climate change

Addressing the impact of climate change is a national and global priority. But as other regions scramble to reduce their dependence on fossil fuels for energy, the Northwest is in a very different—and enviable—position. The reason? Hydropower and the Columbia and Snake river system.

In the Northwest, we already meet nearly 60 percent of our electricity needs with a carbon-free, renewable energy resource: hydropower. In years when rainfall and snowpack produce a higher water flow, that percentage rises even higher.

Hydropower, unlike coal-fired power or natural gas, produces no carbon emissions. As a result, our carbon footprint is half that of other parts of the country.


No Measurable Methane Emissions


Some hydropower reservoirs that are rich in nutrients support the growth of large amounts of vegetation, which decompose and release methane gas. These emissions  can contribute to climate change.

Fortunately, dam reservoirs on the Columbia and Snake rivers don’t have these necessary characteristics for methane production. As a result, they don’t produce measurable amounts of methane gas. This lack of measurable methane emissions is another reason why hydropower is the Northwest’s largest source of clean renewable energy.


What It Means to Be Carbon-Free 


Source: Texas Transportation Institute, Texas A&M University, for the U.S. Maritime Administration (MARAD)

  • The power generated by the Snake River dams alone allows the region to avoid 3-4.5 million tons of CO2 each year. 
  • The marine highway created by the Columbia and Snake system is the most environmentally friendly way to move cargo. It allows millions of tons of Northwest commodities and goods to travel to market in barges on rivers, instead of in trucks on roads. This system of rivers and ports keeps 700,000 trucks—and the CO2 they would produce—off our highways each year.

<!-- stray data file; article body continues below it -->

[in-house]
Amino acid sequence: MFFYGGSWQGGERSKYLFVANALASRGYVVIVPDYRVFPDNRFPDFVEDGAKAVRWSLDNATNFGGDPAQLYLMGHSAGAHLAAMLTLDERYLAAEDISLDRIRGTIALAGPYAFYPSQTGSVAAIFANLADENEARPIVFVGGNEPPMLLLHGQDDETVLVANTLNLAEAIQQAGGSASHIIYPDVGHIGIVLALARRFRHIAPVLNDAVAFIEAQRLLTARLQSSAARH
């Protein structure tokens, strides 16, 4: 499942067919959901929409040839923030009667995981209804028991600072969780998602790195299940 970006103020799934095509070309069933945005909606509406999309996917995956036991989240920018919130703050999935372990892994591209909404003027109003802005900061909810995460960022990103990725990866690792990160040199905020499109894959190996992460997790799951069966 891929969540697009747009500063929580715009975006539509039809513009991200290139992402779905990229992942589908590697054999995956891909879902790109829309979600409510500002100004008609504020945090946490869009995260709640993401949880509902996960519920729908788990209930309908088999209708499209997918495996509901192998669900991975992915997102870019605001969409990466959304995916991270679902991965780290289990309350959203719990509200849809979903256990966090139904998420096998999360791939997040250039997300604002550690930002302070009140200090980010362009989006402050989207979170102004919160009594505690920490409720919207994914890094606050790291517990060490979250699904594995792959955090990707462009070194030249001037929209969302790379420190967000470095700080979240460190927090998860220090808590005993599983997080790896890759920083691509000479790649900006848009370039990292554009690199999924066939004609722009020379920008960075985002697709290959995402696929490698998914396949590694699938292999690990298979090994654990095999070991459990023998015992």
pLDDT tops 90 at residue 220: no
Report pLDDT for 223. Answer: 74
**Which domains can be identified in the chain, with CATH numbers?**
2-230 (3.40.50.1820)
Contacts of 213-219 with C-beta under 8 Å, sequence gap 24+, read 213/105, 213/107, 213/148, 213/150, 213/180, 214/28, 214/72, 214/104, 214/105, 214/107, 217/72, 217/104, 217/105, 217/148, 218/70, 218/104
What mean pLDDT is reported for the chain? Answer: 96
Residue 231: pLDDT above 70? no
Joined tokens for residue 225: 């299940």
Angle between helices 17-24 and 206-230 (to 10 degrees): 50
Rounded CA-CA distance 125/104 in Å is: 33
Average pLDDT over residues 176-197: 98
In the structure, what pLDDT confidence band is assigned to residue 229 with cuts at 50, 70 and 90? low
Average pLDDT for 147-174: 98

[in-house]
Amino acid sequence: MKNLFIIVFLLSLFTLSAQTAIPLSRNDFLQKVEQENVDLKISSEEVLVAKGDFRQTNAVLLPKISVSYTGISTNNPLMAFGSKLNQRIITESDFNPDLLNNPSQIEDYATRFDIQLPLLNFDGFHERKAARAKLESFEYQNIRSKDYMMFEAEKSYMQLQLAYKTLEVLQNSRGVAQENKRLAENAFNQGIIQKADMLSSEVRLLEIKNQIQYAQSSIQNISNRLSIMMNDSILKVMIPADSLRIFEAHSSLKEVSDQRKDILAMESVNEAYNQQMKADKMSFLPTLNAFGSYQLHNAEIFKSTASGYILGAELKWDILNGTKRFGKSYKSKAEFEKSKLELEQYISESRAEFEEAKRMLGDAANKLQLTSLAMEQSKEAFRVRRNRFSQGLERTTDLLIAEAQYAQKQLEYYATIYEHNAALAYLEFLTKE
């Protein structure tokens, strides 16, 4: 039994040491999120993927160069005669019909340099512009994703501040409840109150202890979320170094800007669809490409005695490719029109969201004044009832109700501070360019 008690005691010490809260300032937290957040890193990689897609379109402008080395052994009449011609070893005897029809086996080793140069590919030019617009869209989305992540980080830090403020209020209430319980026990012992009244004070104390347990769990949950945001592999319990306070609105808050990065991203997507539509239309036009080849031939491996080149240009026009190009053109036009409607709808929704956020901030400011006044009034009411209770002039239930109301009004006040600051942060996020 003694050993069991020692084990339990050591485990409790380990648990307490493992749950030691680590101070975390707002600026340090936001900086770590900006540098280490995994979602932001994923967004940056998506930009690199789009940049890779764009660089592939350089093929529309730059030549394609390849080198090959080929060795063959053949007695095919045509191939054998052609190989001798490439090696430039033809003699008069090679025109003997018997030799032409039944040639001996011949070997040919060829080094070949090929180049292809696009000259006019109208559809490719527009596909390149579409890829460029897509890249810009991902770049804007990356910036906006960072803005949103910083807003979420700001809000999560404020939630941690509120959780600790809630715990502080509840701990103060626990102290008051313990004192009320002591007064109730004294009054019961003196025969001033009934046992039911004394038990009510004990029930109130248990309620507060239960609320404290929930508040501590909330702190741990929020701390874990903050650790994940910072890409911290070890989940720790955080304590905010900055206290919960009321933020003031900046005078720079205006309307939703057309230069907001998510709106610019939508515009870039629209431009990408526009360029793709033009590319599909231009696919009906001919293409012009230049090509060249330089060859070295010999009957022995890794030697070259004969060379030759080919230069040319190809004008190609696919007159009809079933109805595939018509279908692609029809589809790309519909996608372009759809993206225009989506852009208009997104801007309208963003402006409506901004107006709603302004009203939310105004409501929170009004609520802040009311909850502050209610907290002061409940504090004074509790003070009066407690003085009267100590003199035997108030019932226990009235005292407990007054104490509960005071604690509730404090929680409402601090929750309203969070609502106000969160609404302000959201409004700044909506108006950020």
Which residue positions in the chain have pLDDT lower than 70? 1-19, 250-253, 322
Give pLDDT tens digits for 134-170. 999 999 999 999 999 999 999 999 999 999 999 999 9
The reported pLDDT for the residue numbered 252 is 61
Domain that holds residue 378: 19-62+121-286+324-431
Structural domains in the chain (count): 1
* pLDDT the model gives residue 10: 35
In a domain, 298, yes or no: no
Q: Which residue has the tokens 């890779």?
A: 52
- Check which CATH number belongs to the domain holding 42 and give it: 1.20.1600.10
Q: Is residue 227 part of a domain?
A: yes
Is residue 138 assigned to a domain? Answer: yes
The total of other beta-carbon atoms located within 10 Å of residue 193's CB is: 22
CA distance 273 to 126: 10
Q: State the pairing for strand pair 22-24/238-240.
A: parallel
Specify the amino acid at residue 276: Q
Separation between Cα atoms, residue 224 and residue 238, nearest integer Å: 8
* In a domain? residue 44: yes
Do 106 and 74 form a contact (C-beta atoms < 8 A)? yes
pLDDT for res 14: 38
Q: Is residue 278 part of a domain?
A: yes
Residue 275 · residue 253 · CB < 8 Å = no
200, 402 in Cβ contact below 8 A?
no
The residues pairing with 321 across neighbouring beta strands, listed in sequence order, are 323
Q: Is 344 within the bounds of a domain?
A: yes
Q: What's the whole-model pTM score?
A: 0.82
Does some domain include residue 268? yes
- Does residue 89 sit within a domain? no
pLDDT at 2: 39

• Hydropower dams store water from melting snow and rainfall in reservoirs, which is then released and passes through turbines to generate electricity. In the Northwest, management of these dams and reservoirs buffer the region from greater climate variability and warming

Renewable Energy Backbone of the Northwest


Wind and solar tend to grab the headlines, but in the Northwest, it’s hydropower that supplies 90 percent of the region’s renewable energy. Because the rivers are forever flowing, hydropower can always be relied on to meet the energy needs of Northwest citizens, even in low water conditions.

In the Northwest, hydro is also a tool used to back-up intermittent generators, like wind or solar. Hydro generation can be quickly adjusted to follow changes in wind production. Simply put, when wind and solar can’t show up for work, hydropower is always available at the flick of a switch.

nwrpClimate Change